Luzia picked up the receiver on the third ring, hoping that this time it wouldn’t be another one of the hang-ups that had been happening over the last few days.

“I’m calling about the ad in the paper,” the woman on the other end of the line said. “For the housekeeper?”

“That’s right,” Luzia replied. She looked over her shoulder to make sure the kitchen door was closed and overheard Silmara singing the latest Roberto Carlos hit. The ad Luzia had placed in the paper had been running only since yesterday, and she already had a first candidate. “Do you have your documentation and references in order?” she asked, remembering about the brand-new law that now required maids to register for a work card.

“Yes, ma’am.”

She gave the woman the address and told her to come by later that same morning. Luzia liked the sound of her voice; she seemed very polite. She opened the door to the kitchen and found Silmara drying her hands on a dish towel. The maid was very short and round, with long black hair which she only kept down when she left the house. It was hard to gauge her age, but Luzia would guess she was on either side of thirty.

Luzia had practiced the words in her head. Do not say please. Try to sound like Oswaldo.

“We’re having moqueca for lunch today, Silmara.” She leaned against the refrigerator.

“It’s not Friday. And also, there’s no fish. Only chicken or beef.”

“I know what’s inside my freezers and cupboards,” she replied.

Silmara raised an eyebrow but remained silent, the dishrag hanging from her arm.

“If you go to the fish market now, you’ll be back with plenty of time to cook it.”

Silmara glanced at the clock hanging above the fridge and placed the dishrag on the marble counter.

“Miss Luzia, it’s already eight-thirty. I don’t think that’s very wise. It’s going to be too tight for lunch to be—”

Luzia put the money on the counter.

“You should leave for the market right now then,” she said as she walked out of the kitchen, pleased with how she handled the situation. “And make sure you get the freshest shrimp.”

It was about time everyone understood who the woman of the house was now.


Silmara was tired of trying to fix Luzia’s domestic blunders. There was a rhythm to this household, a routine dictated by Mr. Oswaldo that this girl had not yet grasped. They ate chicken on Tuesdays and Thursdays, fish on Fridays, and on Saturdays, they barbecued. But there hadn’t been a barbecue in a very long time.

She took the money Luzia had given her and placed it under her bra, a precaution against any pickpockets that could be on the bus. Once she adjusted the strap of her purse so that it looped taut against her chest, she locked the metal gate behind her. It was nearly nine in the morning and by the time she got back from the market, gutted the fish and peeled the shrimp, Mr. Oswaldo would be home before she’d have time to finish cooking everything. Lunch was the most stressful meal in that household. It needed to be served just as Mr. Oswaldo was pulling up onto the driveway. At least he had the decency to call before he left the office to say he was on his way home. But sometimes there was traffic or Silmara hadn’t timed things properly. He’d rarely yell at her, because to him, Silmara was never truly to blame. The worst of it had always fallen on Ms. Cecília, who Mr. Oswaldo claimed was the one responsible for telling Silmara what to serve for lunch, how to cook it and when to serve it. As soon as they heard the clank of the metal gate and the car’s engine turn off, the children ran to wash their hands, sitting at their designated places. Silmara made sure all the dishes were piping hot while Ms. Cecília helped her put everything in the serving trays. When lunch was perfectly prepared and everyone ate in peace, Silmara felt a pleasant sense of accomplishment, as if she had just run a very difficult obstacle course and won first place. But when she and Ms. Cecília timed a dish incorrectly, Mr. Oswaldo would turn furious, especially if the main dish was served at a temperature not to his liking.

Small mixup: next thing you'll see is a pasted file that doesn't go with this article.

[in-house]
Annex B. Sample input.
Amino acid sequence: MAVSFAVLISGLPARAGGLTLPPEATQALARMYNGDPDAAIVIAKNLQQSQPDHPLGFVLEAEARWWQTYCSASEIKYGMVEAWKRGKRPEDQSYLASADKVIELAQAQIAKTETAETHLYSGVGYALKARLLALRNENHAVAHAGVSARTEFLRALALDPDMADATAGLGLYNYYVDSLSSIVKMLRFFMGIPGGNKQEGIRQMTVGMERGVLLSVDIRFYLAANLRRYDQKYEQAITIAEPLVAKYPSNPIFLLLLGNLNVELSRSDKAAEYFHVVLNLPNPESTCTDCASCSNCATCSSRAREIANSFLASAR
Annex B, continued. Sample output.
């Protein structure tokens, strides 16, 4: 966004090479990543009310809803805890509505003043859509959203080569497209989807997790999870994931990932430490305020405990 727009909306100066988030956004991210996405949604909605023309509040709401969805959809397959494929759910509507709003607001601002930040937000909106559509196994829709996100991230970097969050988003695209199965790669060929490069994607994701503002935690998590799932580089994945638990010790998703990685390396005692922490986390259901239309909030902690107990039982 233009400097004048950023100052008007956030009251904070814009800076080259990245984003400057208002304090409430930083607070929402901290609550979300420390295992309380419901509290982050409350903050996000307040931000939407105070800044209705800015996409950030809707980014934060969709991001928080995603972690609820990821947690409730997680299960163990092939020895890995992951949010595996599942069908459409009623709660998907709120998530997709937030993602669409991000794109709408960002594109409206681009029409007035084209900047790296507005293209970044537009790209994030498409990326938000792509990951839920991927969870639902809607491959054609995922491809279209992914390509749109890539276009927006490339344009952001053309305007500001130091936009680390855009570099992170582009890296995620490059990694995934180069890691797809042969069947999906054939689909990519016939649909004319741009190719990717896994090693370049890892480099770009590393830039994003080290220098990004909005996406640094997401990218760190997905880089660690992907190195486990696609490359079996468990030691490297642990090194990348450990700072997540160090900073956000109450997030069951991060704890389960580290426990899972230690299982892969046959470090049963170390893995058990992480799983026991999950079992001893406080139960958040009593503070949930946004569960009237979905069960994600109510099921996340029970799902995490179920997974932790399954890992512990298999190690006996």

“I call. Every single damn day. And you can’t get this right?” he’d yell.

There were times when nothing would come of it, he’d simply slam a fist on the table, spill a bit of food on the floor, shove some forkfuls in his mouth and storm off to the hammock for his nap. But one never knew what might truly set him off. It could be Ms. Cecília involuntarily rolling her eyes, or Caio, the poor thing, might spill something, or eat too fast or too slow; it could be anything really. Fernanda was the darling. He had never laid a finger on the girl, but Silmara noticed how guilty that made her feel and how Caio would later take it all out on his sister: pinching her, yelling, twisting an arm off her dolls, or ignoring her when she spoke to him. It broke Silmara’s heart to see Caio involuntarily acting like his father.

Silmara walked faster to the bus stop. When she had suggested that a cab would be much faster, Luzia told her she was not running her household lavishly, a veiled allusion to Ms. Cecília and the parties she used to throw before she had finally left for good.

The bus stop was full. An old woman sitting behind a wooden plank counted coins in front of a platter of cocadas and Silmara hoped she would still be there on her way back, so she could get some of the coconut sweets for the kids. People had been waiting a while, which was a good sign the bus would be there soon. Silmara checked her watch again. Nine-fifteen.